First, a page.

The Toronto Raptors became the first Eastern conference team to beat the Oklahoma City Thunder this season, also ending their undefeated run at home. However, despite playing smarter and better basketball in the final moments, getting some big plays from Jonas Valanciunas, Kevin Durant made it seem like it was all about luck.
Unfortunately for the Thunder, it had to do with the same problems that come out from time to time in their game and style. In the regular season, talent usually wins out, but in a playoff series, we’ve seen time and time again how the Thudner’s lack of gameplan except give the ball to Westbrook and Durant, letting them run and do whatever, might prove a bit more costly.
Losses happen in this league. They beat us fair and square, you know? We missed some shots, too. I think our defense was good. They got some shots late in the fourth quarter that helped them a little bit but I think our defense was good. We were swarming them and they hit some tough ones, too, but we missed some good looks.
Only the first five words make any sense. There’s no reason to make too much of one loss, especially with the Thunder doing so well. Even if they did lose at home, finishing undefeated at home is virtually impossible, or still hasn’t been done. However, the rest, the moment Durant starts talking about making shots, is simply letting himself, his teammates and his head coach off the hook.
It wasn’t about making shots as the Raptors split the Thunder’s defense for a Valanciunas hook shot with Ibaka not getting the help he needed from Kevin Durant on that play. A minute later Kyle Lowry hit a wide open three with Kevin Durant forgetting to cover him for the shot. That’s not making shots, that’s simply being terrible on defense. And about the Thunder not making their shots? With the game tied at 98-98, Russell Westbrook stopped thinking. Instead, he decided to take the entire Raptors defense on his back, leaping to the rim with Valanciunas and Amir Johnson waiting waiting for him. Westbrook got blocked, and the Thunder went on to lose 104-98.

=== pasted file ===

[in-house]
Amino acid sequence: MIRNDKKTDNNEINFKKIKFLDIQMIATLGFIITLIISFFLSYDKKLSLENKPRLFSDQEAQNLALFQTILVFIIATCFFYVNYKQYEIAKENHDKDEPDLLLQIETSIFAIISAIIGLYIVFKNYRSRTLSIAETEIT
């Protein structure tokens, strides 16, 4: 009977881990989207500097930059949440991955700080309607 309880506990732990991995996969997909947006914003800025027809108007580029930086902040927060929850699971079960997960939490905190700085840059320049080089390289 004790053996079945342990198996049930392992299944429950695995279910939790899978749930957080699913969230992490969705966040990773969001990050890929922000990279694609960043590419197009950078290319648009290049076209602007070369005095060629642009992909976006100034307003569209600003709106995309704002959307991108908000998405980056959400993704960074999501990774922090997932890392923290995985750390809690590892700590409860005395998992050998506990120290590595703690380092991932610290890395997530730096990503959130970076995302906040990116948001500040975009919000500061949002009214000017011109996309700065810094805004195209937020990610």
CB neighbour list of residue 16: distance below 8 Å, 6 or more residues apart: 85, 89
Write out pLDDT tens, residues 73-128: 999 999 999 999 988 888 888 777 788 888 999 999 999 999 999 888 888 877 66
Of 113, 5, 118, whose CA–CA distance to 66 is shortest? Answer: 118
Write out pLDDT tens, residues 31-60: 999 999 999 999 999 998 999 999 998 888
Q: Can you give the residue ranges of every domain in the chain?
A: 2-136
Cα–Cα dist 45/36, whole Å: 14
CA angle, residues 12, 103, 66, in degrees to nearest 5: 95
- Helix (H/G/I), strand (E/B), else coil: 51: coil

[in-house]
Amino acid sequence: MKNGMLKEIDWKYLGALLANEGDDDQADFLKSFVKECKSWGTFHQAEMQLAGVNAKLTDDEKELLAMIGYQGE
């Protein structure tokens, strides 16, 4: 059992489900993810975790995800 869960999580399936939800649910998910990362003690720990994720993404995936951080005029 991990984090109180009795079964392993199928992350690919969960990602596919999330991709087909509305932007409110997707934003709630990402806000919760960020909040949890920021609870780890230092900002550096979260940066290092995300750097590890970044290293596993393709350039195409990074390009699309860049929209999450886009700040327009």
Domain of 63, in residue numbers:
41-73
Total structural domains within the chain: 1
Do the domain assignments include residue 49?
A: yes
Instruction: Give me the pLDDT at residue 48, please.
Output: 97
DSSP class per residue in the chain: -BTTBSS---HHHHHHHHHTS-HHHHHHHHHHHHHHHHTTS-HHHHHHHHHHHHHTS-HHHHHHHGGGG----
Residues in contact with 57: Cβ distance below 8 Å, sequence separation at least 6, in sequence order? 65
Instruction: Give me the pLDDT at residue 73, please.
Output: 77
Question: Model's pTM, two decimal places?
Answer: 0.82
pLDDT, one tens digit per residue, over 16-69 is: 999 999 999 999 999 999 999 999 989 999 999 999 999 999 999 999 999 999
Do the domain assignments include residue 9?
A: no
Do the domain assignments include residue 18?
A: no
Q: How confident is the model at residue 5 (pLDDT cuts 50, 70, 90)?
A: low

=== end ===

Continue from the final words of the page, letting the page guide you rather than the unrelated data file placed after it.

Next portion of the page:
This wasn’t about great offense or performance through the game. The Raptors simply made the right, smart plays when it mattered the most. Kyle Lowry, reportedly on the trading block, scored 22 points, adding 7 rebounds, 9 assists and four steals. Amir Johnson, DeMar DeRozan and even John Salmons coming off the bench had big moments in the ending, as the Raptors won despite shooting only 39.6% from the field.
Kevin Durant and the Thunder were worst. They were lazy on offense, shooting 36.8%, as Durant was only 5-of-16, making most of his bread from the line. The ball didn’t move more than once or twice in each possession. Things like this happen, as teams let their guards down at some point during the season, especially after nine consecutive wins. However, ignoring patterns that emerge time after time in every bad game is simply setting yourself up for disappointment, and being arrogant instead of accepting when a game ends is a bad symptom.